Coronets are being used in clinical trials – there’s much to celebrate!
It is a tad over two years since Ron Brown and I started designing the ideal trans-cranial red and near infrared light device for medical research. We based our design on two things:
Continue reading “Coronet – medical research”
- medical research published by high quality researchers.
- hands-on and personal experience with people with Parkinson’s disease and other neurodegenerative disorders using the red light hats I’d made and given to them. Yes, the original Eliza buckets, bless them.
The term brain fog is not an official medical term, but we all know what it means, and we have all experienced it. Serious and creative thinking is hard enough to do at the best of times, but when brain fog descends, it is even more difficult. Unfortunately brain foggery seems to happen more often as we get older which is even more frustrating…
Continue reading “Mental clarity vs brain fog”
It seems so self-evident that sunlight is vital to life that it almost doesn’t need to be said. But what does light do to the body apart from enabling us to see things more clearly?
Continue reading “Light on the brain”
In the last blog post, I told you about an excellent article called How and why does photobiomodulation change brain activity.
An ardent reader would know that I tend to wax lyrical about the way that red and near infrared light works directly and indirectly on the cell batteries, the mitochondria. The mitochondria contain special proteins that are able to respond to the light pulse. Some of these proteins are quite famous, like cytochrome c oxidase, which has been well studied and probably has its own fan club.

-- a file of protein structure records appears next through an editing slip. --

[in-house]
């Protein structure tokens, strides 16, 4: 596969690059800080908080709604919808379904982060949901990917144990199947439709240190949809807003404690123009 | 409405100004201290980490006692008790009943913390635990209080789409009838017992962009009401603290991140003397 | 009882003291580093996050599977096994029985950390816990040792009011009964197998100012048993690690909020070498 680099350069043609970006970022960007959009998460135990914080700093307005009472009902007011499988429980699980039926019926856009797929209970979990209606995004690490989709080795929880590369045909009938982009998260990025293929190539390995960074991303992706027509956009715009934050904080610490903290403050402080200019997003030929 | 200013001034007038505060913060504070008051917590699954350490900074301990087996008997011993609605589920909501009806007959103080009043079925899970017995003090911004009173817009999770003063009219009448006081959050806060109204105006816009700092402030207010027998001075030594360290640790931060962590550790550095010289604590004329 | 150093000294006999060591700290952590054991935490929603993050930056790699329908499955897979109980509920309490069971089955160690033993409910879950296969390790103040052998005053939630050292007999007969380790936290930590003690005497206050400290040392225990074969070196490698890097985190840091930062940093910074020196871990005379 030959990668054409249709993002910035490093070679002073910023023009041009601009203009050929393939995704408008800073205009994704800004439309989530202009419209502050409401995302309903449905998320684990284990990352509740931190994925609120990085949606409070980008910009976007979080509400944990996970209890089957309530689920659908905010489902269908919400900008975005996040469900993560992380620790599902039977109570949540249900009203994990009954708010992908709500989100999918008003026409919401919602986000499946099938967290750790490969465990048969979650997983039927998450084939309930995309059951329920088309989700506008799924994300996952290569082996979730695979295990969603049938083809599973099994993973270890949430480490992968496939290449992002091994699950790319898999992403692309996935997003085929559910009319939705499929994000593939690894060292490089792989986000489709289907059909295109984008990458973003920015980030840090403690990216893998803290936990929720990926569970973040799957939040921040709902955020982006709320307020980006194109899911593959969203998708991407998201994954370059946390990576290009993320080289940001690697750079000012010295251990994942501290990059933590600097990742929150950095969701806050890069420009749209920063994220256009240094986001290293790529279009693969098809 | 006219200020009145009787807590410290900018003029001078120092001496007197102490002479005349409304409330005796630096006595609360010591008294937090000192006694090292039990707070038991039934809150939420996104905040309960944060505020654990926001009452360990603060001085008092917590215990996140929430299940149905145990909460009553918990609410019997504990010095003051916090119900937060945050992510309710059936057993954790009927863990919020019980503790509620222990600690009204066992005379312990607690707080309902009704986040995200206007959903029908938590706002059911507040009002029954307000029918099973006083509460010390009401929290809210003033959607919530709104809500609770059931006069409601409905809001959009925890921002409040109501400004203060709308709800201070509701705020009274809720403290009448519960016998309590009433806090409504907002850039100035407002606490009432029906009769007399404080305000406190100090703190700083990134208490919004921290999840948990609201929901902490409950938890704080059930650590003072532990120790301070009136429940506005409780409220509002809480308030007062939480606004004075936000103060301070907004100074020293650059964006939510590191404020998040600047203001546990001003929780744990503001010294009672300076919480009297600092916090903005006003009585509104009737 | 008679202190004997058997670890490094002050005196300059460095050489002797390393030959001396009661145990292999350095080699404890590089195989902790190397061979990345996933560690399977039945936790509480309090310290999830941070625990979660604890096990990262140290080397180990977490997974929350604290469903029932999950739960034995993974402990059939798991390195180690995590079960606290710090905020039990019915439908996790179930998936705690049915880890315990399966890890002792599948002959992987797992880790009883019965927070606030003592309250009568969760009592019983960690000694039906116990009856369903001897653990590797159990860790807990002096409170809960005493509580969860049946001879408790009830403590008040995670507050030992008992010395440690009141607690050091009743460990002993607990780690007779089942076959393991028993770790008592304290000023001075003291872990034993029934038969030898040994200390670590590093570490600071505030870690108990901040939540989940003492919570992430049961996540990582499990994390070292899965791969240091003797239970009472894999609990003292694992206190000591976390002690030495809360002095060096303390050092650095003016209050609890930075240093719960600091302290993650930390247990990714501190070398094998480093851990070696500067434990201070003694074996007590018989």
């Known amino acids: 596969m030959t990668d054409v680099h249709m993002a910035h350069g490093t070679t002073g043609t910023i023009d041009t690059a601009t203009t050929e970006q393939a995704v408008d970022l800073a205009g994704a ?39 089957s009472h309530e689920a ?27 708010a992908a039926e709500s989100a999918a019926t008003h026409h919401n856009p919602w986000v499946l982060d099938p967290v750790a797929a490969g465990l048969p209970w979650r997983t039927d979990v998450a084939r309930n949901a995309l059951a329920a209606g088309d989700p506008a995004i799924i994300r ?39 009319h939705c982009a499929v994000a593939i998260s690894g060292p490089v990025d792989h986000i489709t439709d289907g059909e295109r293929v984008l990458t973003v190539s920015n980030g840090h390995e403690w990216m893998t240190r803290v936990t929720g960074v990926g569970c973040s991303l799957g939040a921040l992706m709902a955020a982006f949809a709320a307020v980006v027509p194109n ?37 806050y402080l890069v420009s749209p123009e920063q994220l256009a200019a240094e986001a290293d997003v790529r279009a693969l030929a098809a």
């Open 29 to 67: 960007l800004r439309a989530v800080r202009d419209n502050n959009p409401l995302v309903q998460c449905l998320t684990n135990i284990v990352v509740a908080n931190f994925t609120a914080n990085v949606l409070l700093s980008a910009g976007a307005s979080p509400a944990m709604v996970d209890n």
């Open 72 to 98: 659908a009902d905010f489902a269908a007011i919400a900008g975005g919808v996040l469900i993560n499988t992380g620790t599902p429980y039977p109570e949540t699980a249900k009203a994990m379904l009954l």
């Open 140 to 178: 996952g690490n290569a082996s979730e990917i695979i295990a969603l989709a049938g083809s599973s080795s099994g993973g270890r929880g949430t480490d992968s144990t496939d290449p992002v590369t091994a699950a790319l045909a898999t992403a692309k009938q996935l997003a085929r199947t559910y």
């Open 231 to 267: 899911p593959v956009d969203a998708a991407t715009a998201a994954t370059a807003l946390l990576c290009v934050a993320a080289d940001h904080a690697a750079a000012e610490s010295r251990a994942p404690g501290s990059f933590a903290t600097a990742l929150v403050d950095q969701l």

But guess what. Even if there is no cytochrome c oxidase present, mitochondria still respond to light.
Continue reading “Water and light…”
I’ve been reading a journal article by Professors John Mitrofanis and Luke Henderson of the University of Sydney.
The title says it all: How and why does photobiomodulation change brain activity?
Continue reading “The Brain Orchestra”
Prof Glen Jeffrey at University College London released the results of a small study looking at the effect of red lights (deep red 670nm in particular).
Prof Jeffrey’s work has been previously described in this blog. He and his team have clearly shown that deep red light is good for eyes.
Remember, though, only use LED lights.
Never ever use lasers on your eyes!
You can make your own eye light using LED strip and an old pair of glasses – here’s a link to a recent post showing a home-made eye light.